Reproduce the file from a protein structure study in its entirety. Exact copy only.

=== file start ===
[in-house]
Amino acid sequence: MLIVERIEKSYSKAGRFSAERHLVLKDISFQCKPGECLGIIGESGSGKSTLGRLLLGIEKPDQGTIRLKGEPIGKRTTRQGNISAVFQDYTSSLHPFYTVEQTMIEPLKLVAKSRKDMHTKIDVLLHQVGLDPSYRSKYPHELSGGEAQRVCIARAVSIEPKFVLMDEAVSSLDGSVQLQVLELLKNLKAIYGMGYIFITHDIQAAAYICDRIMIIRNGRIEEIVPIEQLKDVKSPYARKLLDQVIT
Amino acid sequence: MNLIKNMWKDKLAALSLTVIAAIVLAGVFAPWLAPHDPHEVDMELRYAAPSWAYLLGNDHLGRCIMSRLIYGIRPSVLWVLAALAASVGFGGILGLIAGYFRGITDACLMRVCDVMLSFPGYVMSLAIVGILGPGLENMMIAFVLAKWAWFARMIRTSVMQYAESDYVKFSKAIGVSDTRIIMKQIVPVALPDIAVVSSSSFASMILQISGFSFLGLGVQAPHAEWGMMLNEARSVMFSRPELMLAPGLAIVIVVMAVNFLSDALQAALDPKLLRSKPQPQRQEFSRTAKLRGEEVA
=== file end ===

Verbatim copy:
[in-house]
Amino acid sequence: MLIVERIEKSYSKAGRFSAERHLVLKDISFQCKPGECLGIIGESGSGKSTLGRLLLGIEKPDQGTIRLKGEPIGKRTTRQGNISAVFQDYTSSLHPFYTVEQTMIEPLKLVAKSRKDMHTKIDVLLHQVGLDPSYRSKYPHELSGGEAQRVCIARAVSIEPKFVLMDEAVSSLDGSVQLQVLELLKNLKAIYGMGYIFITHDIQAAAYICDRIMIIRNGRIEEIVPIEQLKDVKSPYARKLLDQVIT
Amino acid sequence: MNLIKNMWKDKLAALSLTVIAAIVLAGVFAPWLAPHDPHEVDMELRYAAPSWAYLLGNDHLGRCIMSRLIYGIRPSVLWVLAALAASVGFGGILGLIAGYFRGITDACLMRVCDVMLSFPGYVMSLAIVGILGPGLENMMIAFVLAKWAWFARMIRTSVMQYAESDYVKFSKAIGVSDTRIIMKQIVPVALPDIAVVSSSSFASMILQISGFSFLGLGVQAPHAEWGMMLNEARSVMFSRPELMLAPGLAIVIVVMAVNFLSDALQAALDPKLLRSKPQPQRQEFSRTAKLRGEEVA